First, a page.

Kang noted that there are also those who have had to navigate the challenges brought on by an addiction.

"Over the last few months, I've noticed an area that has become more challenging for some people is around addictions," she says. "So some became more dependent on social media, not just for entertainment, but as a distraction from challenging circumstances at home and in their relationships, almost like an avoidance.

READ MORE How has lockdown affected addiction, rehabilitation and recovery?

"And in one particular case, out of boredom, they also started smoking cannabis and drinking more heavily… by summer he was driven by either his drinking or his smoking cannabis or he was on his screen.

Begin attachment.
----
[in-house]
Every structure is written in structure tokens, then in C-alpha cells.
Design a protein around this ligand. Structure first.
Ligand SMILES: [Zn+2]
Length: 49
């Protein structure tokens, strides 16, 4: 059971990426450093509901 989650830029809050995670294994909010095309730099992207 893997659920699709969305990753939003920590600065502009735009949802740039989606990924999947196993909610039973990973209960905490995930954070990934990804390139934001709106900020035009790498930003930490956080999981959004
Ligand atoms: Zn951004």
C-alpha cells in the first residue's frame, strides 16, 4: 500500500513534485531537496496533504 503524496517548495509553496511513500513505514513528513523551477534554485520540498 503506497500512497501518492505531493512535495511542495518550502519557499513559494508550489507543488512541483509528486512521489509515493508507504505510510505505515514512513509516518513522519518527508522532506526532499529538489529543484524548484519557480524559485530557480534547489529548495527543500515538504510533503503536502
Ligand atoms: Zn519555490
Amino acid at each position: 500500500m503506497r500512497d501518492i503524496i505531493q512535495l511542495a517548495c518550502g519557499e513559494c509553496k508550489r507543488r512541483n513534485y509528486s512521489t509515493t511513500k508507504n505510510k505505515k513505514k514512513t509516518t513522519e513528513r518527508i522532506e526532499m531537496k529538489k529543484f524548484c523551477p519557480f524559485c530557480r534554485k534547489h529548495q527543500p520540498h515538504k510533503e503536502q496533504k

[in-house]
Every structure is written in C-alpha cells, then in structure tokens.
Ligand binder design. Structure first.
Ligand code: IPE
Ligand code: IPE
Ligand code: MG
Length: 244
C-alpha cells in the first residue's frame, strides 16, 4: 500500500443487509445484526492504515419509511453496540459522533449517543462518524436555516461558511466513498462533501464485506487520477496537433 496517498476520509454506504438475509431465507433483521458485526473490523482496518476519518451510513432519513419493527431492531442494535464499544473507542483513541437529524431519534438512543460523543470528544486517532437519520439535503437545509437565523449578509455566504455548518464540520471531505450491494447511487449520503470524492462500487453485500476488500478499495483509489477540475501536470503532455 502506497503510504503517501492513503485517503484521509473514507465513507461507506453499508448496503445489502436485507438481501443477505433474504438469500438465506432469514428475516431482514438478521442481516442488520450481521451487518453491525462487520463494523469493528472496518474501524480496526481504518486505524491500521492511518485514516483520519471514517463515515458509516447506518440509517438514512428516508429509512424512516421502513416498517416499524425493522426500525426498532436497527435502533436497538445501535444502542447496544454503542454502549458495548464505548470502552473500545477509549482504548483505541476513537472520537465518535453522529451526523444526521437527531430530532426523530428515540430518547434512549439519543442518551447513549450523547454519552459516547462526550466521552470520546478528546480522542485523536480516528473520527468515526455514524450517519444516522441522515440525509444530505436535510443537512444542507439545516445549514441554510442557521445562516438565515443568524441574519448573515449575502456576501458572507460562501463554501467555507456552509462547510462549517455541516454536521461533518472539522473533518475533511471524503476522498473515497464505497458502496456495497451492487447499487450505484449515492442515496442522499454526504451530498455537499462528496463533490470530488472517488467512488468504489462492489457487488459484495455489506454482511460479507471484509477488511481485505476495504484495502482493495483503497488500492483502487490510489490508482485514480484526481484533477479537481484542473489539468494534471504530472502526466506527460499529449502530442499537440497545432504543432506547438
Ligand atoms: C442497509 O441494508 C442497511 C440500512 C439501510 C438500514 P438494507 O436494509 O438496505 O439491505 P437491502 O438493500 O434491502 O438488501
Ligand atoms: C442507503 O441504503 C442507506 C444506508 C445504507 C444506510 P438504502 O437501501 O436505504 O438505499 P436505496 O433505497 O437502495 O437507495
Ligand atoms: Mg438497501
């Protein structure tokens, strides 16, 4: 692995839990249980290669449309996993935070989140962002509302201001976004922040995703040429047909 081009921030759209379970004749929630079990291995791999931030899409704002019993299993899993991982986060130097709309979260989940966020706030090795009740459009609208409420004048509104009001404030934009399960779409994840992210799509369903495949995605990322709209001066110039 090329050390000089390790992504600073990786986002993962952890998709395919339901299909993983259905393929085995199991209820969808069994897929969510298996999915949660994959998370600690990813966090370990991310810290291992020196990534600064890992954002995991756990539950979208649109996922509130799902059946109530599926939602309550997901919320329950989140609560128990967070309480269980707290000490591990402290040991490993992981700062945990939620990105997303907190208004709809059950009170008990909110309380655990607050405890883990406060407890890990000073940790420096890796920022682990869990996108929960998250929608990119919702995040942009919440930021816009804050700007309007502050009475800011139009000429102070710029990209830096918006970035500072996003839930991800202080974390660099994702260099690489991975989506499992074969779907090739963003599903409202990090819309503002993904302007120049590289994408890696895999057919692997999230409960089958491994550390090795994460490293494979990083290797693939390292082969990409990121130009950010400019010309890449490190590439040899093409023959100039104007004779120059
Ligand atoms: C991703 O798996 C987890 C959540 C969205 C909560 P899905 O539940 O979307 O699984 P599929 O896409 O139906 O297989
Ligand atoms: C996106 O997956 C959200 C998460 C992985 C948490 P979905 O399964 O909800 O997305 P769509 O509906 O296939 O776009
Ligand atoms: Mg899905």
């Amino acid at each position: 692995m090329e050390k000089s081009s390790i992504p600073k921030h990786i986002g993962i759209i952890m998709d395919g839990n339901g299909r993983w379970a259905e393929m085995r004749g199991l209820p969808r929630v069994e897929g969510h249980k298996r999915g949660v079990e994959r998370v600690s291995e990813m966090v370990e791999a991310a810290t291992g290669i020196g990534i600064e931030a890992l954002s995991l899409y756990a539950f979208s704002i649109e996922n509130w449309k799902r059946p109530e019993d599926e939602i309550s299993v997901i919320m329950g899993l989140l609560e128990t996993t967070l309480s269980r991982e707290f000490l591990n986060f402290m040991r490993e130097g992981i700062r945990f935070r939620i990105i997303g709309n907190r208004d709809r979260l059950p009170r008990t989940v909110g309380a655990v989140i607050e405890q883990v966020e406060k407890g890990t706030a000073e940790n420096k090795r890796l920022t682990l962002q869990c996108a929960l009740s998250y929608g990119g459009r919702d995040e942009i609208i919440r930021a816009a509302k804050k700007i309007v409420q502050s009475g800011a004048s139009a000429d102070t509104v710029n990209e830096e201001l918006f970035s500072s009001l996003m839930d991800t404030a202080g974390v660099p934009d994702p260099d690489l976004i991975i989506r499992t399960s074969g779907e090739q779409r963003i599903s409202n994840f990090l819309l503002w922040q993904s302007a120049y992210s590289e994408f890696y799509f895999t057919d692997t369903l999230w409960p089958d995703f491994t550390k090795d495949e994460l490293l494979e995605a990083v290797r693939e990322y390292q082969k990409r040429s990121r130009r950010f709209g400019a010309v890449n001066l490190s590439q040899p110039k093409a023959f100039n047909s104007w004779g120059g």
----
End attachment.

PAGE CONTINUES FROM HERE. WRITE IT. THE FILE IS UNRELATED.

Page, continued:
"It's almost like he existed because these three things existed and because he just couldn't be with his own emotions."



Has it been disorientating being in lockdown?

Eagleman notes the coronavirus lockdown restrictions have affected our ability to estimate how much time has passed.

Our brain judges duration by assessing how many memories it has but since we've been locked within the same four walls day after day, it has been difficult to write down clearly distinguishable memories.

So our recent memories all blur together, making it difficult to assess how much time has passed.

"Our ability to simulate forward has also been diminished by lockdown," adds Eagleman. "When you are worried about food and shelter and water, you can't think very far forward.

"This is why during the past eight months, people haven't really been spending time reading big long books or getting involved in big giant projects, but instead sort of doing lots of little things."